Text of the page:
Species decline compounds health risks

CORNELL (US) — The decline of species due to habitat loss, pollution, and climate change increases the risk of infectious diseases for humans, animals, and plants.

The species most likely to disappear are those that buffer against infectious disease transmission, while surviving species tend to be the ones that increase disease transmission, such as West Nile virus, Lyme disease, and Hantavirus.

A new study published in the journal Nature that examines the link between the loss of biodiversity and infectious disease, also finds patterns among various types of pathogens—viruses, bacteria, and fungi—and hosts.

Since the 1950s, species extinction rates have skyrocketed up to 1,000 times more than in past epochs and are only expected to rise in the next 50 years.

“Normal functioning biodiversity pays off in health benefits for people,” says Drew Harvell, professor of ecology and evolutionary biology at Cornell University.

For example, when forests are fragmented, opossum numbers decline and white-footed mice thrive. Opossums serve as buffers for Lyme disease because they absorb and kill some of the ticks that carry the disease; at the same time, mice amplify both the numbers of ticks and the Lyme disease pathogen.

Scientists don’t know why the most resilient species, such as mice, are the ones that also amplify pathogens.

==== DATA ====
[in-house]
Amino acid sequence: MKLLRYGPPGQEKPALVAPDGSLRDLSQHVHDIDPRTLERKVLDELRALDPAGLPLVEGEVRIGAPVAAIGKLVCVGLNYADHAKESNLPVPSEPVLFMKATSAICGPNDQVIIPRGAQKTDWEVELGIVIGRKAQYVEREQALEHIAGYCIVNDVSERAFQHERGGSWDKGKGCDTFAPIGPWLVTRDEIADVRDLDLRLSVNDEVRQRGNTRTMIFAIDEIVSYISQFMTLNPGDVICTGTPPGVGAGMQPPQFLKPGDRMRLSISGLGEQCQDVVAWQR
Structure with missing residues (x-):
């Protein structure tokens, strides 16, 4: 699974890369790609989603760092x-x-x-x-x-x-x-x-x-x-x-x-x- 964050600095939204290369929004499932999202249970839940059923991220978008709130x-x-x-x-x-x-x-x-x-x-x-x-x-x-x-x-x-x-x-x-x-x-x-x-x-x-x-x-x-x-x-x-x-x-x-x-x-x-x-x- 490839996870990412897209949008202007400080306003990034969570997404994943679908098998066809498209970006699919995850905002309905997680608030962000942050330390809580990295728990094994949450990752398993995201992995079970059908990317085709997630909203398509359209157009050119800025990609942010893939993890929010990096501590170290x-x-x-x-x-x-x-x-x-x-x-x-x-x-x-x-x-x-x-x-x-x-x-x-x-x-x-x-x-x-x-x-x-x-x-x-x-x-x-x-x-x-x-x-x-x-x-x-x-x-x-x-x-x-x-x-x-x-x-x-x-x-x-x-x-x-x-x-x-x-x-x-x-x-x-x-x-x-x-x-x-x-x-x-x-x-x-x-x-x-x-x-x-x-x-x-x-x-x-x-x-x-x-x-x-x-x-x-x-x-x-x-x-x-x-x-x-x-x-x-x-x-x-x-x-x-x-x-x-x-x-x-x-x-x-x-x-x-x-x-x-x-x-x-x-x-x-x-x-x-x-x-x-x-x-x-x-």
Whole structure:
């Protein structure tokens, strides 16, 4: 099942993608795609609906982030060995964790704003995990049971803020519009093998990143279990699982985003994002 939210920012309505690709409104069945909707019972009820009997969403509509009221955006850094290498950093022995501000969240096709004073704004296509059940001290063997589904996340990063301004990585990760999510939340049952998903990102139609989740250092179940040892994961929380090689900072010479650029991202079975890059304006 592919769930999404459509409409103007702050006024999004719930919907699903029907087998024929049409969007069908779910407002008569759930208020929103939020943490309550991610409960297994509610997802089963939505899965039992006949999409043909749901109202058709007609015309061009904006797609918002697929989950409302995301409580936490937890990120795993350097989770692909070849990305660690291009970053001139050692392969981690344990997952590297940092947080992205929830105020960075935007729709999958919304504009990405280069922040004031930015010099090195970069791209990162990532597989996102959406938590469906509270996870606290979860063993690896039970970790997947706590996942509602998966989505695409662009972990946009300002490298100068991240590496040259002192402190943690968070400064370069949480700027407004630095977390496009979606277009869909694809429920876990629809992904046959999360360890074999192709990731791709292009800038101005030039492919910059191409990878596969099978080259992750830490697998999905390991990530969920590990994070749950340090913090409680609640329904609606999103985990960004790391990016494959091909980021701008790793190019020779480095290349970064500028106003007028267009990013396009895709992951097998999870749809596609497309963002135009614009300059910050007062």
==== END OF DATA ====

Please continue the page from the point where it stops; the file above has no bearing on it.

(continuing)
Protecting natural habitats would be the best strategy to prevent this effect, according to the paper.

Also, as human populations grow, so does contact with pathogens through such activities as hunting and clearing land for farming. The research recommends that officials should carefully monitor animal and fish farms where diseases might jump from livestock to humans or wildlife.

For the study, Harvell examined the pattern in marine ecosystems. For example, climate change is warming the oceans and stressing tropical species like coral, triggering a sudden shift from diverse, beneficial bacteria on the coral surface to less diverse, pathogenic bacteria that lead to coral disease.

“We are dealing with a new equation relating to disease spread, climate change, and biodiversity,” she says. “In the oceans, disease outbreaks are being accelerated by climate warming before we even know the links in the biodiversity chain.”

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